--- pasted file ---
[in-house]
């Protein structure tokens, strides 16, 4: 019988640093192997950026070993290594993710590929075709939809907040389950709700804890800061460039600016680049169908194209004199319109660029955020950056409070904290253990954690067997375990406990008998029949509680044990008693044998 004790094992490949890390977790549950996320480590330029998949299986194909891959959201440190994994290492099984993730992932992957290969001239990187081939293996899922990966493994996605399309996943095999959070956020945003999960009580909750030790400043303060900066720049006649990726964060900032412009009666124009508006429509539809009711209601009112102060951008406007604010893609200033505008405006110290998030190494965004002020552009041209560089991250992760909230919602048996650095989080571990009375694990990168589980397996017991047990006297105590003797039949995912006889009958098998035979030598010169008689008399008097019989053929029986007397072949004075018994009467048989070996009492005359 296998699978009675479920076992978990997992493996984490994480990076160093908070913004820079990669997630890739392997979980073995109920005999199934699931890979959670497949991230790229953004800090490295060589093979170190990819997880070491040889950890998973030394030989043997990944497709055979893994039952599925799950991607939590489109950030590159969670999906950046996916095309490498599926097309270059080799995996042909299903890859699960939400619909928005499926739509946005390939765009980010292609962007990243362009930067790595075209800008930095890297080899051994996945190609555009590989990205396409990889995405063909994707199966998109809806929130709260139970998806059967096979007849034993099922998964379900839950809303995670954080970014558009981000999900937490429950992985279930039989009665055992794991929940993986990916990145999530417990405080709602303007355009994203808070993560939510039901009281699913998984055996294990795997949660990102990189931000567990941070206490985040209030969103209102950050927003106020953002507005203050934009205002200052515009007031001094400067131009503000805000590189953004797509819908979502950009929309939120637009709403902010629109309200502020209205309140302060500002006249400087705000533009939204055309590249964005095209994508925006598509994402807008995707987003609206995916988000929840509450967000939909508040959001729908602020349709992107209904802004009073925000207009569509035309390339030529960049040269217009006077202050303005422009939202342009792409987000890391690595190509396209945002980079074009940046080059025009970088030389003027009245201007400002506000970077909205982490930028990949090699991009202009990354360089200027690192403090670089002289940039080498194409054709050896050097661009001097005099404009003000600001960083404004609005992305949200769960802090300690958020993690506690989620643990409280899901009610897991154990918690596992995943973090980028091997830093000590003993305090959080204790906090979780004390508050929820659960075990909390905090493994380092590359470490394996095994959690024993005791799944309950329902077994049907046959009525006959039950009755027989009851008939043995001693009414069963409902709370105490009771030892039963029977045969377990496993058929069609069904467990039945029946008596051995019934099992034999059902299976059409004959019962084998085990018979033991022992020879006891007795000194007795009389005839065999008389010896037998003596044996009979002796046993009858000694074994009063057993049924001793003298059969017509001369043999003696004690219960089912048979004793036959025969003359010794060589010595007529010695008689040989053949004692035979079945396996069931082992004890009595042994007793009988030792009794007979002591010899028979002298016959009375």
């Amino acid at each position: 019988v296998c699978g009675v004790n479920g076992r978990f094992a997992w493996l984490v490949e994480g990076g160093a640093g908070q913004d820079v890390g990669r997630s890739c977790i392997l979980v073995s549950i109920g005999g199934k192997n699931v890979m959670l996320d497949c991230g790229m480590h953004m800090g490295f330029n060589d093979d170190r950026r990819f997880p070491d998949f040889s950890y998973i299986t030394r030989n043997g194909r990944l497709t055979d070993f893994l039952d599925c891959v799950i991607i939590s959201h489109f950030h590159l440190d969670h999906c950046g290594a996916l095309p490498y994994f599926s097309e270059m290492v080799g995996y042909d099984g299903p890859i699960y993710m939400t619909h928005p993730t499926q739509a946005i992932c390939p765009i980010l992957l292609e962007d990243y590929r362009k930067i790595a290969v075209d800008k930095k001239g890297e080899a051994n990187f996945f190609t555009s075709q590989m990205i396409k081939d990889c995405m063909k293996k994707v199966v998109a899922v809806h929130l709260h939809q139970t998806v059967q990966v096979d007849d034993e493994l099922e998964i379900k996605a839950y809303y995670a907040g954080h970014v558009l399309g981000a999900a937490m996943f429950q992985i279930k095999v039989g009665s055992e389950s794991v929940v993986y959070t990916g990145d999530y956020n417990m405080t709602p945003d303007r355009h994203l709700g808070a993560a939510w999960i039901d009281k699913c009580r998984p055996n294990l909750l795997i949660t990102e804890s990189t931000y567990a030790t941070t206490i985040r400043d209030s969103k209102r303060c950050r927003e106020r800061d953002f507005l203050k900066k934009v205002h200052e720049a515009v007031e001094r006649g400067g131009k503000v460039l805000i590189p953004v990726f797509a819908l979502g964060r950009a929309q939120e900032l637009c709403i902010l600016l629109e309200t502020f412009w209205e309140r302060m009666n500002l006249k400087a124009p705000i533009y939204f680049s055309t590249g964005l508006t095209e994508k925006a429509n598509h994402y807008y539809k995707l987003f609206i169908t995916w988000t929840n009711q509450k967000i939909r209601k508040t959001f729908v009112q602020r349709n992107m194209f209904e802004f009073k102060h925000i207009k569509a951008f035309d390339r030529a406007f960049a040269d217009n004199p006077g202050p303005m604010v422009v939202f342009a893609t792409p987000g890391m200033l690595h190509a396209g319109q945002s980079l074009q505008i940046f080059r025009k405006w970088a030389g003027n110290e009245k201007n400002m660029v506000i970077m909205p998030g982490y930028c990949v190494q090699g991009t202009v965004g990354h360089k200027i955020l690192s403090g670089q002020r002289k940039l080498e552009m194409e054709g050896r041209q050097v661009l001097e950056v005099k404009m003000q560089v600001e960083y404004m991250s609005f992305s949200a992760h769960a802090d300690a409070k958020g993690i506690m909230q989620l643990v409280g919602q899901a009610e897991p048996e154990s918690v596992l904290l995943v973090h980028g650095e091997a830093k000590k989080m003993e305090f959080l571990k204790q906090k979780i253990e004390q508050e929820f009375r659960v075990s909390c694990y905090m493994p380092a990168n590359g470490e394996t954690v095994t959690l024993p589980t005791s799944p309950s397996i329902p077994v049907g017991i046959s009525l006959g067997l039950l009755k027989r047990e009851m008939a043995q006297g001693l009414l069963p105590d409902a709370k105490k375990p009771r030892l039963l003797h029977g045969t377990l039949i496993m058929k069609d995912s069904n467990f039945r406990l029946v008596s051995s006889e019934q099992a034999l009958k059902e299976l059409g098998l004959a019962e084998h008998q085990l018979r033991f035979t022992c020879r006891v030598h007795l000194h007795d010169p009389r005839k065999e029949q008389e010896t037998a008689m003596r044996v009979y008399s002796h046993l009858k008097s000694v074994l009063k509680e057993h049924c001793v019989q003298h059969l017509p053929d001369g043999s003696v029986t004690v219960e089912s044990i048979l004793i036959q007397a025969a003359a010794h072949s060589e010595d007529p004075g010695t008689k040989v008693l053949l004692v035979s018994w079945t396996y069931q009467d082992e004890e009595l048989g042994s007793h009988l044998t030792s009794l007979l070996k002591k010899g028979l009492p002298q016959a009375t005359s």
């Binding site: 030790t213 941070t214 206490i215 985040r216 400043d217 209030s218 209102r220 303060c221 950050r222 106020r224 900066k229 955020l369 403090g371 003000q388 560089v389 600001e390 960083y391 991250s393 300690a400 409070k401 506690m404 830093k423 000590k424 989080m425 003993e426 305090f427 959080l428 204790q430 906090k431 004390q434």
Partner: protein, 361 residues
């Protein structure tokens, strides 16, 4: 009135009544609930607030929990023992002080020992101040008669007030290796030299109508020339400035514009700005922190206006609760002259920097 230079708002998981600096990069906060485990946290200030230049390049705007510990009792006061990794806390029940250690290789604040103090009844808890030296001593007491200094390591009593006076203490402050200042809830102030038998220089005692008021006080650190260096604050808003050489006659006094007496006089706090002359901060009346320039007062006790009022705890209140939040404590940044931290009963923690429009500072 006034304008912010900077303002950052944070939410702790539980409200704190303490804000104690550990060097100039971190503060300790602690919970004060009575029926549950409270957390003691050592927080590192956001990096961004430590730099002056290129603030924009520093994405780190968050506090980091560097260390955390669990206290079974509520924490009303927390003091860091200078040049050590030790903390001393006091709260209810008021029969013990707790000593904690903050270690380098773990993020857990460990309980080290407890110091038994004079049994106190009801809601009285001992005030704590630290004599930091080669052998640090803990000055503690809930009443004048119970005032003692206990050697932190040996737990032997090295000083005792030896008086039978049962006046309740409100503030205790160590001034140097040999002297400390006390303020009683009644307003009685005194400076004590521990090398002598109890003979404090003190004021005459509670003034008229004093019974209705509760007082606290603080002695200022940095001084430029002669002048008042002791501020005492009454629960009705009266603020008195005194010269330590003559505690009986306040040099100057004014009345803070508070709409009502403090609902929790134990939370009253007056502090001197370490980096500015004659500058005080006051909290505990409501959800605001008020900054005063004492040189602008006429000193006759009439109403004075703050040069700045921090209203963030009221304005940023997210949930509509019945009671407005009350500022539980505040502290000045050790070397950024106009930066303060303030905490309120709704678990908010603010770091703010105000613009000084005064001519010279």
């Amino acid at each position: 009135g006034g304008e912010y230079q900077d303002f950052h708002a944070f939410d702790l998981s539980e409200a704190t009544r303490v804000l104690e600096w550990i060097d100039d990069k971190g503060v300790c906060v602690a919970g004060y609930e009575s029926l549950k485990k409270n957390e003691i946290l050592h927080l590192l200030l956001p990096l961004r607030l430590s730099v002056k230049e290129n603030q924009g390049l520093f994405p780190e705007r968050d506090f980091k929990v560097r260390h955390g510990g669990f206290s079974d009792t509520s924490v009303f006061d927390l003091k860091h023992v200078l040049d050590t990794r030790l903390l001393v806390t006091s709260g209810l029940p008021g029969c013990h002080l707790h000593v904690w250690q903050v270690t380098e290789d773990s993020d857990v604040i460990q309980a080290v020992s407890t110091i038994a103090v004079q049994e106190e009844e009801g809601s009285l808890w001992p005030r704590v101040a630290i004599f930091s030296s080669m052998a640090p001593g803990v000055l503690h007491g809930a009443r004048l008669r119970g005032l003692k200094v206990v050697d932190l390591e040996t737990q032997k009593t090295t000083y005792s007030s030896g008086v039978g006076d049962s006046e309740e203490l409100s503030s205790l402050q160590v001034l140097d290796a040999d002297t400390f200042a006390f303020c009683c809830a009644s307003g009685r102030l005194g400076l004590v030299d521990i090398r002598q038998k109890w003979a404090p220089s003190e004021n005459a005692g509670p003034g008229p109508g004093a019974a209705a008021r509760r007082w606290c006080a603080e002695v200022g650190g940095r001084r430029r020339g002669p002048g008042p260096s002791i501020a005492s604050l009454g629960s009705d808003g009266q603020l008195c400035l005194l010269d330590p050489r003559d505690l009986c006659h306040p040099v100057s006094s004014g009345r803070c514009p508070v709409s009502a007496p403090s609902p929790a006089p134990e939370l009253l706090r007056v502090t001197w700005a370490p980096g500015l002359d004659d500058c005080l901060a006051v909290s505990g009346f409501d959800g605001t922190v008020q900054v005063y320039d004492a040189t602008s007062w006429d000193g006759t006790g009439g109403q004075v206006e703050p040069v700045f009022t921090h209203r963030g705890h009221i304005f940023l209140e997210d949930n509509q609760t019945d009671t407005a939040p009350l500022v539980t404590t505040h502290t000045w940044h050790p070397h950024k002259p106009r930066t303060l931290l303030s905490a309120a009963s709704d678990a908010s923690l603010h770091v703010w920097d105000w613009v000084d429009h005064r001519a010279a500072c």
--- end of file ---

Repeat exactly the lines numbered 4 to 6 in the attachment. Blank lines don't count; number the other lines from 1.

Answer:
């Binding site: 030790t213 941070t214 206490i215 985040r216 400043d217 209030s218 209102r220 303060c221 950050r222 106020r224 900066k229 955020l369 403090g371 003000q388 560089v389 600001e390 960083y391 991250s393 300690a400 409070k401 506690m404 830093k423 000590k424 989080m425 003993e426 305090f427 959080l428 204790q430 906090k431 004390q434």
Partner: protein, 361 residues
């Protein structure tokens, strides 16, 4: 009135009544609930607030929990023992002080020992101040008669007030290796030299109508020339400035514009700005922190206006609760002259920097 230079708002998981600096990069906060485990946290200030230049390049705007510990009792006061990794806390029940250690290789604040103090009844808890030296001593007491200094390591009593006076203490402050200042809830102030038998220089005692008021006080650190260096604050808003050489006659006094007496006089706090002359901060009346320039007062006790009022705890209140939040404590940044931290009963923690429009500072 006034304008912010900077303002950052944070939410702790539980409200704190303490804000104690550990060097100039971190503060300790602690919970004060009575029926549950409270957390003691050592927080590192956001990096961004430590730099002056290129603030924009520093994405780190968050506090980091560097260390955390669990206290079974509520924490009303927390003091860091200078040049050590030790903390001393006091709260209810008021029969013990707790000593904690903050270690380098773990993020857990460990309980080290407890110091038994004079049994106190009801809601009285001992005030704590630290004599930091080669052998640090803990000055503690809930009443004048119970005032003692206990050697932190040996737990032997090295000083005792030896008086039978049962006046309740409100503030205790160590001034140097040999002297400390006390303020009683009644307003009685005194400076004590521990090398002598109890003979404090003190004021005459509670003034008229004093019974209705509760007082606290603080002695200022940095001084430029002669002048008042002791501020005492009454629960009705009266603020008195005194010269330590003559505690009986306040040099100057004014009345803070508070709409009502403090609902929790134990939370009253007056502090001197370490980096500015004659500058005080006051909290505990409501959800605001008020900054005063004492040189602008006429000193006759009439109403004075703050040069700045921090209203963030009221304005940023997210949930509509019945009671407005009350500022539980505040502290000045050790070397950024106009930066303060303030905490309120709704678990908010603010770091703010105000613009000084005064001519010279």